As soon as the surname Nadal is mentioned, tennis is the first thing that comes to the mind of many people.
Over the past 15 years, Rafael Nadal has established himself as the king of clay. Claiming more ATP titles on the surface than any other player in the Open Era and winning the French Open a record 11 times. While his achievements justify his superior status in the sport, he is not the first member of his family to excel.
Three years before Rafael was born, his uncle Miguel Angel Nadal began what turned out to be a stellar football career in 1983. His journey into the professional league originated in his birthplace of Manacor. Playing for CE Manacor, who participated in the third and fourth tiers of the Spanish league during the 1980s, for three seasons. During the 1985/86, he scored 11 goals in 24 appearances.
At the age of 20, Miguel made his debut in the La Liga for Real Club Deportivo Mallorca. He would end up spending four years with the team between 1987-1991, scoring 22 goals in 122 appearances. His position on the pitch was either defender of a midfielder. One of his biggest achievements whilst with the club was reaching the final of the Copa Del Ray in 1991. The oldest football competition in Spain that was founded back in 1903.
"Miguel Angel was not rough," Rafael told reporters back in 2005. "He was a technical player. I used to go to the stadium all the time to see him when he played for Real Mallorca. And I kicked a ball in the garden with him lots of times."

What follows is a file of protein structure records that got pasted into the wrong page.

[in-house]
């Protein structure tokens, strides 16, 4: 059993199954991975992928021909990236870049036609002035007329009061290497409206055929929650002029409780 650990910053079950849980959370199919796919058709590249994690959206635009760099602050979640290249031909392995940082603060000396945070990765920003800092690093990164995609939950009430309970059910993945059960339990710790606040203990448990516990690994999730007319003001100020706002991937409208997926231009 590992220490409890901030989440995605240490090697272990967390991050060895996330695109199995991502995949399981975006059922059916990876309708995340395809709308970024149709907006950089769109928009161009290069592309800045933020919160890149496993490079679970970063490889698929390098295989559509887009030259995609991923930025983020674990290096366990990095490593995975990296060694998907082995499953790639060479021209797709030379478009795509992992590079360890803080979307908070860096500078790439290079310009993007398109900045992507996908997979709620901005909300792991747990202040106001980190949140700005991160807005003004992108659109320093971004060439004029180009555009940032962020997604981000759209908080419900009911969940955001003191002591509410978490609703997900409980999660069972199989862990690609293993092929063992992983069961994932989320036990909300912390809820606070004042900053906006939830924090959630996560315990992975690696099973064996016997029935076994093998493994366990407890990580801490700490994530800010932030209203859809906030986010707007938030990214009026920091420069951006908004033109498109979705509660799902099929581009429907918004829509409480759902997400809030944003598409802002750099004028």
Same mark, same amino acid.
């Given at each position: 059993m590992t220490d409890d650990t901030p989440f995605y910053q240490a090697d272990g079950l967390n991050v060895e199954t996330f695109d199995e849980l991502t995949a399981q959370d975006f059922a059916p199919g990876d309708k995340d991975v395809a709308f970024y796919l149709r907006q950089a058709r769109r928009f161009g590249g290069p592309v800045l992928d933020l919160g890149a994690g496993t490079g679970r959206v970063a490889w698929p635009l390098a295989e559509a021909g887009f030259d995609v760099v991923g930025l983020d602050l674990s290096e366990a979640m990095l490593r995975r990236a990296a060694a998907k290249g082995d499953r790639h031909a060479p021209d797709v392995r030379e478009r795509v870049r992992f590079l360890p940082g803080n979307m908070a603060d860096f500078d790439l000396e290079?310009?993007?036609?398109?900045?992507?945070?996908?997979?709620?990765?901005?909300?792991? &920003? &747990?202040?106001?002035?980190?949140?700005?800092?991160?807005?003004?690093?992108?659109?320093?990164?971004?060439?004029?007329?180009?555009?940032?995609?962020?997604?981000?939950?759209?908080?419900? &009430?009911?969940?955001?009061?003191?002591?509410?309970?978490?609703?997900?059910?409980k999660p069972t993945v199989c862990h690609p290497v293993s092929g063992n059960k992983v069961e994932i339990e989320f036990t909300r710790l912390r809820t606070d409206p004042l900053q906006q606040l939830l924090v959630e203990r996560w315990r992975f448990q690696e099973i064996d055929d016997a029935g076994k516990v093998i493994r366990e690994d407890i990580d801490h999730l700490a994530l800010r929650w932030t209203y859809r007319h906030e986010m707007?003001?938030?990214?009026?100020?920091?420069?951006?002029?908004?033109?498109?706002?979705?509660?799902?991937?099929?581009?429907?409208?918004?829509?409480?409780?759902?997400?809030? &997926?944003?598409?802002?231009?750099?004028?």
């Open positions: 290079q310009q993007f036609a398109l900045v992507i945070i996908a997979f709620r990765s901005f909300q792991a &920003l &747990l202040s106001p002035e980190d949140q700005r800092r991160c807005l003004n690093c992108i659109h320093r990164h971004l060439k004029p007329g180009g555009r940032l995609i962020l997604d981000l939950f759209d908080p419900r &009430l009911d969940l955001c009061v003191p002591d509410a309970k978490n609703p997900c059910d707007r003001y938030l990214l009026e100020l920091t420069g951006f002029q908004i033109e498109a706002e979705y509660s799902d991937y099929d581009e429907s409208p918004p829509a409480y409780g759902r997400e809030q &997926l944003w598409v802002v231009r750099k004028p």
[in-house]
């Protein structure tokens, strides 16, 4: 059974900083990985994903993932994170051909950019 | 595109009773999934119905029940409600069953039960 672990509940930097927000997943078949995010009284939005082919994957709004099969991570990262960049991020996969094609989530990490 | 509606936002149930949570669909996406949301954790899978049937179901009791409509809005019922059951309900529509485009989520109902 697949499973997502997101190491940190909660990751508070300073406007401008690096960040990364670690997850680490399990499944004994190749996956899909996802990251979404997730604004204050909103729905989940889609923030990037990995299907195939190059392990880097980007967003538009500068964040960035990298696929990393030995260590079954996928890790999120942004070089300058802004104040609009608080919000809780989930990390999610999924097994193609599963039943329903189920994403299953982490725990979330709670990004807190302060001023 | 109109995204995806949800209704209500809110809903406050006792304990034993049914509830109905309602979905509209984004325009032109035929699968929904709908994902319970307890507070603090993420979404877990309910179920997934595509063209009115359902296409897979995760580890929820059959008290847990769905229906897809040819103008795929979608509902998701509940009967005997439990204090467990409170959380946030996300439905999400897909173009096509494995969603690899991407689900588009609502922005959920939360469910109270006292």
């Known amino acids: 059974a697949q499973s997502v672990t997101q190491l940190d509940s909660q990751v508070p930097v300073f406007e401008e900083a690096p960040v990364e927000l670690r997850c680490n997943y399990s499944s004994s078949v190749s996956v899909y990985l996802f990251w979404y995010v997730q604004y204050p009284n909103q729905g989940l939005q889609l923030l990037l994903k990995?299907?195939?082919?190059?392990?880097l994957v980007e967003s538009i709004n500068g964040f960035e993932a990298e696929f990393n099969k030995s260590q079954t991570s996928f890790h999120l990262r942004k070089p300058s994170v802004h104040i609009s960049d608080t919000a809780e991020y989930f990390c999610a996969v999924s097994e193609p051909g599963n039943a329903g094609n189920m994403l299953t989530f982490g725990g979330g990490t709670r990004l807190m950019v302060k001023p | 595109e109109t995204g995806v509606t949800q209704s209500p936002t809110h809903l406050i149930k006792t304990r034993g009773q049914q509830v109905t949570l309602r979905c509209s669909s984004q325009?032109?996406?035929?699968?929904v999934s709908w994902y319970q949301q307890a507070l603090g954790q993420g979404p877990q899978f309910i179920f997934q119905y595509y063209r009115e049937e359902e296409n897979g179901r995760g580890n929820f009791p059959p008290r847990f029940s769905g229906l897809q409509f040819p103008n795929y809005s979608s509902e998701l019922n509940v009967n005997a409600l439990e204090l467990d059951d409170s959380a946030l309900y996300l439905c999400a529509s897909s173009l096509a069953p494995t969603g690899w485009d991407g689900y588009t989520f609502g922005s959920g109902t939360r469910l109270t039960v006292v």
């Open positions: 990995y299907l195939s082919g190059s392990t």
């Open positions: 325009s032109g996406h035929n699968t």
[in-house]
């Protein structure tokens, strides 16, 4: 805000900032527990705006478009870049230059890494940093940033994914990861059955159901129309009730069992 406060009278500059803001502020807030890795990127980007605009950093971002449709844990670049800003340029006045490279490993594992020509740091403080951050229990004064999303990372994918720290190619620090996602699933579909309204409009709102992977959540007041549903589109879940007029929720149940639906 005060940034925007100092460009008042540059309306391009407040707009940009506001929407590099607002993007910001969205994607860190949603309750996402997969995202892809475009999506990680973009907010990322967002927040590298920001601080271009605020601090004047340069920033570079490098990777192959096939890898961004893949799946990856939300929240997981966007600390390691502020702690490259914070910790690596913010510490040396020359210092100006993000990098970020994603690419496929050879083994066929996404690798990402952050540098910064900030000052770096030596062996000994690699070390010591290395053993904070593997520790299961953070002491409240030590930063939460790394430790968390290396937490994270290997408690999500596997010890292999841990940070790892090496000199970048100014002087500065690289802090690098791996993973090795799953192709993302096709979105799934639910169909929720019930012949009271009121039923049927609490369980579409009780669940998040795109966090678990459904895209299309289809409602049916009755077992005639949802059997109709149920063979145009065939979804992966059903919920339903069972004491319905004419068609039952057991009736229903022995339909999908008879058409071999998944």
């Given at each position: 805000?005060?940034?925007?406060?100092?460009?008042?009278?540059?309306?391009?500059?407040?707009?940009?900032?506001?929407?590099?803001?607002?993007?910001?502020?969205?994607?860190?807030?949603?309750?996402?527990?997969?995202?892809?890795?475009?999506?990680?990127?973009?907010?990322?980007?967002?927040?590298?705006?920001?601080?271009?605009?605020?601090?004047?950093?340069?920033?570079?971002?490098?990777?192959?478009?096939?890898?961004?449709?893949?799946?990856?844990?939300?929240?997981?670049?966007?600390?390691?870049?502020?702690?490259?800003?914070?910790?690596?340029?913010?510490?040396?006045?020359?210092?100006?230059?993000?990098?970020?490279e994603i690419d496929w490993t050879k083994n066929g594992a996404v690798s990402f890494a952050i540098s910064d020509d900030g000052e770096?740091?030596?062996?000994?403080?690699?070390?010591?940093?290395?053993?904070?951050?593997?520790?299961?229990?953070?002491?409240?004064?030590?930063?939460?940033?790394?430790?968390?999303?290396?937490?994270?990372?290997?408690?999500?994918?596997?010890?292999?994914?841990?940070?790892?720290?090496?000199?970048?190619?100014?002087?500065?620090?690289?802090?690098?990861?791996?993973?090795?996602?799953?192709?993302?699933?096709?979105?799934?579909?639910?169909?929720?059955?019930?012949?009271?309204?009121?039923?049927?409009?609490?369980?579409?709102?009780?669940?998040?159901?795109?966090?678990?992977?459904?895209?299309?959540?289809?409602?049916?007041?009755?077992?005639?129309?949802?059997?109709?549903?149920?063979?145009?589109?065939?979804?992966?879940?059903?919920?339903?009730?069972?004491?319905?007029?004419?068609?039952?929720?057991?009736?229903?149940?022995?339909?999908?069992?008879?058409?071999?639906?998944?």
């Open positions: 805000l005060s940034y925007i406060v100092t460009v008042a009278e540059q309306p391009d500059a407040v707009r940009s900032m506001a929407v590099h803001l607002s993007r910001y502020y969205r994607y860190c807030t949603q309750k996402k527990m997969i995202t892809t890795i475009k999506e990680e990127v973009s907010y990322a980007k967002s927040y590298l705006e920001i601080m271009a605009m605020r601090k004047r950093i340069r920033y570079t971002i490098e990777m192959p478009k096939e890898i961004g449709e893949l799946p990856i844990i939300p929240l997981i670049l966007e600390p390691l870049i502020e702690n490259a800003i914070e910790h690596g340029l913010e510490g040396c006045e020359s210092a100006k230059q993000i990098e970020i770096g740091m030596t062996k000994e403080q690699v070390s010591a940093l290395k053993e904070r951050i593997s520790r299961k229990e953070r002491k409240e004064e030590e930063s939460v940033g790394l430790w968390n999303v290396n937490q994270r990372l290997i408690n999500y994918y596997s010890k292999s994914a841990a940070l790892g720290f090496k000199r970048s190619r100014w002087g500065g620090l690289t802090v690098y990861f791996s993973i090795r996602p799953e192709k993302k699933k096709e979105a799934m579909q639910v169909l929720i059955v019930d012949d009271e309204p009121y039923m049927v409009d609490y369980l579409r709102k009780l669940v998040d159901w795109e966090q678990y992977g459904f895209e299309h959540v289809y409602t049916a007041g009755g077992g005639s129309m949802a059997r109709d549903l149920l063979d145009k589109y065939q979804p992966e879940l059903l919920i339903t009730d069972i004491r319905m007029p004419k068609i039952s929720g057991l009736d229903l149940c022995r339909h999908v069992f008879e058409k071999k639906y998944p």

The big time
The biggest achievements of Miguel’s career took place during his time with football giants Barcelona F.C. Playing at Camp Nou for eight consecutive years throughout the 1990s, he was part of the team that won five Liga titles, two Spanish Cups, four Spanish Super Cups, a UEFA Cup Winners’ Cup, two UEFA Super Cups and a European Cup. It was during an era of the club’s history which that proudly described as the ‘dream team.’ Largely overseen by manager Johan Cruyff, who died in 2016.
“Ronaldo and Romario were the two best players I ever played with. They were able to do things I only imagined were possible in my dreams. If I said that Ronaldo was the best player I ever played with, he is also the best player I have ever played against.” He once told goal.com.
Miguel made 208 appearances for Barcelona, playing in mainly defensive roles. His aggressive approach was one that got him in trouble. In total, the Spaniard received six red cards. According to bdfutbol.com, only three players have received more red cards in Barcelona’s history. The leader being Hristo Stoichkov with eight. Miguel was also issued with 78 yellow cards.
The physicality of the Spaniard earned him the nickname ‘Beast of Barcelona.’ He was not afraid of taking on his opponents regardless of their shape or size. Although he was never a fan of that analogy.
“Before I played in the European Championship with the national team in 1996, the English put in the newspaper that I was the ‘Beast of Barcelona. That sort of nickname was not right. I was known in Spain as somebody who played elegantly from defence, not dirty at all.”
Regardless of his nickname, which some joked were partly due to his dodgy haircut at the time, he was known as one of the unsung heroes of the team. Along with his popularity came a surge in interest from elsewhere with one of the most notable fans being Alex Ferguson. The former Manchester United boss embarked on a four-week mission to sign Miguel during 1996 but it ended in disappointment.